Nebraska Free Printable Labor Law Posters Posters Nebraska Sexual Harassment in Employment Poster

 Sexual Harassment in Employment PDF

The Sexual Harassment in Employment is a labor law posters poster by the Nebraska Department Of Labor. This is an optional poster, so while it is recommended that you post this if it is relevant to your employees, you are not required to by the Department Of Labor.

This poster, in English, serves as a notice to inform employees on what to do in the event that they experience sexual harassment in the workplace. This includes answers to frequently asked questions on the subject. This includes what defines sexual harassment, who to talk to, what to do, employer retaliation, and what your rights are in the event of an incident.

NE All-In-One Labor Poster: Instead of printing out dozens of posters, employers can also purchase an all-in-one poster that covers both Nebraska and Federal poster requirements by clicking here .

What to do About Sexual 	Harassment	 in 	
Q: What is sexual harassment? 	 	
A: Any unwelcome verbal or physical conduct of a sexual nature constitutes sexual harassment 
in employment when:	 	
 	1. It is made an implicit or explicit condition of	  your employment. 	 	
 	2. Employment decisions (transfer, promotion, dismissal, demotion, reassignment) are 	
based on your response. 	 	
 	3. It creates an intimidating, hostile or offensive work environment. 	 	
 	4. It interferes with your work performance. 	 	
Q: Do I have any rights in th	is area?	 	
A: Sexual harassment is a violation of federal and state laws. You have the right to expect your 
employer to provide a safe work environment free of sexual harassment.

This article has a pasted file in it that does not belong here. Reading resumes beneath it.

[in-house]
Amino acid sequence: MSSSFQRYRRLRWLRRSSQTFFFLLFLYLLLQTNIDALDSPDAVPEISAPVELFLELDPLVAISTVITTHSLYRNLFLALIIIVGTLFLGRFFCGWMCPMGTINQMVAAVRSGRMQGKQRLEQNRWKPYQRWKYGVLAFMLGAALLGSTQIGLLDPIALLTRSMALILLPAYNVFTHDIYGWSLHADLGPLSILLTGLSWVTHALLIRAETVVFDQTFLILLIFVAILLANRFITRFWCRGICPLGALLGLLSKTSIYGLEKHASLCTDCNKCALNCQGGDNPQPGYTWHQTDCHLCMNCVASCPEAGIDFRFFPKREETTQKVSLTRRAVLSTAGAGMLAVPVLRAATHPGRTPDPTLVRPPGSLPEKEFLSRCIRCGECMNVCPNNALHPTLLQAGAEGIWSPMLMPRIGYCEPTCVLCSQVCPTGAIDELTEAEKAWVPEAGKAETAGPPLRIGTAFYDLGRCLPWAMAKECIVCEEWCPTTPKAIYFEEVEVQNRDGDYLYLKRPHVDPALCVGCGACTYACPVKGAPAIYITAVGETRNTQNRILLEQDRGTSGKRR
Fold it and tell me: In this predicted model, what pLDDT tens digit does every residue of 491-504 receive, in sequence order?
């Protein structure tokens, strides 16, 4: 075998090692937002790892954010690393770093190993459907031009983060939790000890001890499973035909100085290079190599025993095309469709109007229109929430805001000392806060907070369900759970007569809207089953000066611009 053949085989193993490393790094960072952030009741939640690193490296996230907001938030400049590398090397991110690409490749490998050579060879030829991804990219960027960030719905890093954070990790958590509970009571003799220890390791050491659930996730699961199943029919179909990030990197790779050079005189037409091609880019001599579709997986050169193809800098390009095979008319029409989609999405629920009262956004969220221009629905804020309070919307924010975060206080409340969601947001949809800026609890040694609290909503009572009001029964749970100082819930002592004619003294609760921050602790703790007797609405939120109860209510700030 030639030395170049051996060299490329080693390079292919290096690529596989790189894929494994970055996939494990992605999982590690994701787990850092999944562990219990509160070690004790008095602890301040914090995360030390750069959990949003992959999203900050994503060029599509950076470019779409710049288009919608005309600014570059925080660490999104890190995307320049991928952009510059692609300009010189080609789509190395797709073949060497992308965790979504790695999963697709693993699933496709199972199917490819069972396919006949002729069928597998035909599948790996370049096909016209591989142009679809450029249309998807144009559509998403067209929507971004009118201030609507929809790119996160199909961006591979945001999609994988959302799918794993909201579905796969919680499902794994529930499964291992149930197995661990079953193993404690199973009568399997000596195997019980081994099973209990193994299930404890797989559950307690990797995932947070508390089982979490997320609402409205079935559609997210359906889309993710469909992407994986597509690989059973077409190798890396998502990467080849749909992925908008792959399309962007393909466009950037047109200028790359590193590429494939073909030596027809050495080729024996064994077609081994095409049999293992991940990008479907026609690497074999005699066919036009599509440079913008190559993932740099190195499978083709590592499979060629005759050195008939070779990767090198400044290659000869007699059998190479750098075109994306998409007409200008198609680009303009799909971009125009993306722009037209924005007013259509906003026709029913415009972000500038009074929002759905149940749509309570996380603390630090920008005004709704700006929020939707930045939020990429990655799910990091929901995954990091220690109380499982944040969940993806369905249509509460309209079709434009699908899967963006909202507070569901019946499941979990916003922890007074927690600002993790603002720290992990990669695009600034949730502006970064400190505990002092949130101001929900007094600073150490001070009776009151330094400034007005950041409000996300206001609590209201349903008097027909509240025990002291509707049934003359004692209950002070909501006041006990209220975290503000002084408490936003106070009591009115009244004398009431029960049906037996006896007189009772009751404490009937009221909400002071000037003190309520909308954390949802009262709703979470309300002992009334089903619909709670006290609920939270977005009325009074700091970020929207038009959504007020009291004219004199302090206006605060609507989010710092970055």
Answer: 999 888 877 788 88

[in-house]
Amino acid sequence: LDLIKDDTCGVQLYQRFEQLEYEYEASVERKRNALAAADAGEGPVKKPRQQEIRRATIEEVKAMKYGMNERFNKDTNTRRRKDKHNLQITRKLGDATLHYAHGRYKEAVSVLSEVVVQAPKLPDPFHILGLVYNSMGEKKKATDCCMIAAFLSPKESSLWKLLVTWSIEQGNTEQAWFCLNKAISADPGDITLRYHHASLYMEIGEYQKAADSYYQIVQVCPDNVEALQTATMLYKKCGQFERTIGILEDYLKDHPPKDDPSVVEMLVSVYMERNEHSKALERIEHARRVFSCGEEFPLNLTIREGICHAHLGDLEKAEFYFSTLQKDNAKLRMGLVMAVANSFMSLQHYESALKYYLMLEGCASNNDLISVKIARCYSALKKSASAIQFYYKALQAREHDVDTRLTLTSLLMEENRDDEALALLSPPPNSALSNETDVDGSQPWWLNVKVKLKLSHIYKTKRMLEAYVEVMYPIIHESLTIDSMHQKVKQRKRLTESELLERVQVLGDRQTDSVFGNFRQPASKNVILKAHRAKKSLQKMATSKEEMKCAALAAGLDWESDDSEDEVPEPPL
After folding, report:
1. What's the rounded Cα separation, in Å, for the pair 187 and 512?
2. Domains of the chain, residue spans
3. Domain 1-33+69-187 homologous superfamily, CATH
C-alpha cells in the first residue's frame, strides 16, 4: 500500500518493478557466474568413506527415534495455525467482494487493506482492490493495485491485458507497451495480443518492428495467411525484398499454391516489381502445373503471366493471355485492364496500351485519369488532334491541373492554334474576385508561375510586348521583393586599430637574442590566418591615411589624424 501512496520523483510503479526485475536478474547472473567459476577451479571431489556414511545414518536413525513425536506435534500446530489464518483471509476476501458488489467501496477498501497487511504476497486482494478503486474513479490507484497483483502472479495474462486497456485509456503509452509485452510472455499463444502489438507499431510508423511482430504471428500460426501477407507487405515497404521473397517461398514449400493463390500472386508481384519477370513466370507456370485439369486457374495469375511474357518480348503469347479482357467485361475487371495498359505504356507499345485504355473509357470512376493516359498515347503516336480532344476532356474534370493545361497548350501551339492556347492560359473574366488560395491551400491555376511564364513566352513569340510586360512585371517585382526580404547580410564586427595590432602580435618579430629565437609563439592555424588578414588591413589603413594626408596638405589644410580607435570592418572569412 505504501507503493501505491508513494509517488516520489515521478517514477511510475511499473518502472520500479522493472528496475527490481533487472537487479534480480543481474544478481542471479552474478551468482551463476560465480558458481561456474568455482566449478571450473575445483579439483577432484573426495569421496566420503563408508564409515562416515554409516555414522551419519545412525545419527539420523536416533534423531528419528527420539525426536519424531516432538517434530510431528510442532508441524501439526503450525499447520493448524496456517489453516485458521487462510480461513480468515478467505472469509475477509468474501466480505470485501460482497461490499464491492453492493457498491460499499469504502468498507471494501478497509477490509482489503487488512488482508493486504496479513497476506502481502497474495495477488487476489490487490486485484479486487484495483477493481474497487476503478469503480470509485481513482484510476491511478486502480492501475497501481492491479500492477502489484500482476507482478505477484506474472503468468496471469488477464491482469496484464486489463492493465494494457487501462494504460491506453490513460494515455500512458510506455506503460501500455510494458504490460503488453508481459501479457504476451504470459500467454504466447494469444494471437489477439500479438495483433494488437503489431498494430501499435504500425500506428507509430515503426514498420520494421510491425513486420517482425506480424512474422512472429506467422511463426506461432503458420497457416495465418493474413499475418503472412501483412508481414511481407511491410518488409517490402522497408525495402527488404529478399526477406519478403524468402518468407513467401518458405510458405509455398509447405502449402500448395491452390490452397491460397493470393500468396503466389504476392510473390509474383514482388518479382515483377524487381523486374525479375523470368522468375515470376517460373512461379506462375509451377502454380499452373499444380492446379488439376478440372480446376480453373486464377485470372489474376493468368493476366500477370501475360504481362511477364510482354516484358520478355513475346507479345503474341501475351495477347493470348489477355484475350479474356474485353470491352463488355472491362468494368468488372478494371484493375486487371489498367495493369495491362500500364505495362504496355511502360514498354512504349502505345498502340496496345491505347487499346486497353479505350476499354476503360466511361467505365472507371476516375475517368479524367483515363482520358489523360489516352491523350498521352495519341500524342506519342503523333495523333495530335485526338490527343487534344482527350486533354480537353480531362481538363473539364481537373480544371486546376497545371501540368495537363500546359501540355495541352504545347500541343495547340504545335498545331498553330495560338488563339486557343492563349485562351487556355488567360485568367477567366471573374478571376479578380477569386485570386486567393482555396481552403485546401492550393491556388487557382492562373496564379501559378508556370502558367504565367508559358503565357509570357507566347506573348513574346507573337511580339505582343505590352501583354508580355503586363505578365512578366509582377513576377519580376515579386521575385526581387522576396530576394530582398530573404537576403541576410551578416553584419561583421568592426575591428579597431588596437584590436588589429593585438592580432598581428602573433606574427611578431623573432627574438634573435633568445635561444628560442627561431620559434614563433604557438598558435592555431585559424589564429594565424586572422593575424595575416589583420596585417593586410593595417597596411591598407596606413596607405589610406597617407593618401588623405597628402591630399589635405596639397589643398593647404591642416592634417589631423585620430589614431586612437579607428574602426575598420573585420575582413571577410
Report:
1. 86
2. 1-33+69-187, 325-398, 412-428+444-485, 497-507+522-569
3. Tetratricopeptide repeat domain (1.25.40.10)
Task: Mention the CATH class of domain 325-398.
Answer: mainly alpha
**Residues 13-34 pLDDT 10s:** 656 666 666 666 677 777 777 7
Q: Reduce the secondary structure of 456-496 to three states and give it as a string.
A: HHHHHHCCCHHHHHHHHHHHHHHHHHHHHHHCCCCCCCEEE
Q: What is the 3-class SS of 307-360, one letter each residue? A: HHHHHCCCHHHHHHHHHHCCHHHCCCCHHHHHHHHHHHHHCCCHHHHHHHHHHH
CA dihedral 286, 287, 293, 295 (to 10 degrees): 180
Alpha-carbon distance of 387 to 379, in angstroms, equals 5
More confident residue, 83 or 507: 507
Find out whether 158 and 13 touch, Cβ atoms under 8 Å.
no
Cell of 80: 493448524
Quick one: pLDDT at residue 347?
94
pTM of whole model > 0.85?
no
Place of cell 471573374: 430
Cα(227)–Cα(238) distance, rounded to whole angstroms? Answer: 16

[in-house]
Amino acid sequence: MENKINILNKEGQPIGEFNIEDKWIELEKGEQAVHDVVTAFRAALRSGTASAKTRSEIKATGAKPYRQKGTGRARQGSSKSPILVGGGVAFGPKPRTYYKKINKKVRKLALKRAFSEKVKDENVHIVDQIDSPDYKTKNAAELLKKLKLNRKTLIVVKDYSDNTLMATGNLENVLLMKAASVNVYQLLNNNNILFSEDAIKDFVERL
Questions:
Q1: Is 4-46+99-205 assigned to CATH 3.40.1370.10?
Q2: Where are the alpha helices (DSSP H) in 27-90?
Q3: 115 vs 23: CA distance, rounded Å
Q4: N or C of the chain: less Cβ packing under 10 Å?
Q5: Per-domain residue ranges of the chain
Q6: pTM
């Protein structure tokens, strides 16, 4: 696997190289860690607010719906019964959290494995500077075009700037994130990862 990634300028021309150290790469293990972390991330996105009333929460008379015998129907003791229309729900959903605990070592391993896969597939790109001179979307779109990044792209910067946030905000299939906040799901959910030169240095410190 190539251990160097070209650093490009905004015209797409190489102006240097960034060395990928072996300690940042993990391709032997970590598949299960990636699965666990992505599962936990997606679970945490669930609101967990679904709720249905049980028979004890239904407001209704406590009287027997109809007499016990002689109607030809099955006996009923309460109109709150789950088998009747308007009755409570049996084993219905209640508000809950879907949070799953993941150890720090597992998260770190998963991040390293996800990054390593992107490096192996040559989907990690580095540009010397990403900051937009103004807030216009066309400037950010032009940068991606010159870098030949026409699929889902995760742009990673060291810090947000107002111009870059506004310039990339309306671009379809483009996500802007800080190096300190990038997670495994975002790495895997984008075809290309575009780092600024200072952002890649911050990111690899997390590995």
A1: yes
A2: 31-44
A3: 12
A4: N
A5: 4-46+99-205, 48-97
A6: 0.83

If harassment occurs and adverse employment consequences follow, you have a ri	ght to have 	
those actions corrected. If you are fired, for example, you have a right to reinstatement and back 
pay if your appeal is sustained. If some situations you may be entitled to additional money 
damages. Other Possible remedies, depending upon the 	circumstances, include promotion and 	
constructive seniority. 	 	
Q: Who can I talk to about what happened?	 	
A: In spite of a strong, natural reluctance to talk to anyone about the problem	—	TALK TO 	
SOMEONE IMMEDIATELY! Discuss the problem with an objective perso	n, possibly someone 	
you work with. Perhaps they, too, might have experiences sexual harassment. If there is no one 
available, perhaps a supervisor or friend would be helpful. 	 	
Whatever you do, DO NOT IGNORE THE PROBLEM!	  If you feel strongly enough or angr	y 	
enough, contact your EEO/Affirmative action Office, your union representative or one of the 
Commission offices listed in this pamphlet.	 	
Q: Maybe it was something I did, or wore?	 	
A: It is unlikely that sexual harassment occurred because of your looks, or 	dress habits, or 	
actions. Statistics indicate that sexual harassment occurs against individuals from all economic, 
racial religious and age groups. Most victims of sexual harassment tend to be women between 
the ages of 21 and 45, but sexual harassment can 	happen to any employee.

Q: Can I do anything about it?	 	
A: Be sure to express your felling during the incident to the person harassing you indicating that	  	
you are not interested. In your report of the incident, describe the feeling you had both during 
and	 afterwards. 	 	
Immediately document in writing exactly what occurred, including verbal portions. List the 
names and job positions of witnesses, especially supervisory employees, and specify date and 
location of the incident. 	 	
Notify in writing, either YOUR 	SUPERVISOR or, if that is not practicable, the Affirmative 	
Action Officer, or the Personnel Director. Provide that person with copies of the information you 
have gathered. BE SURE TO KEEP THE ORIGINAL. Indicate your insistence that some action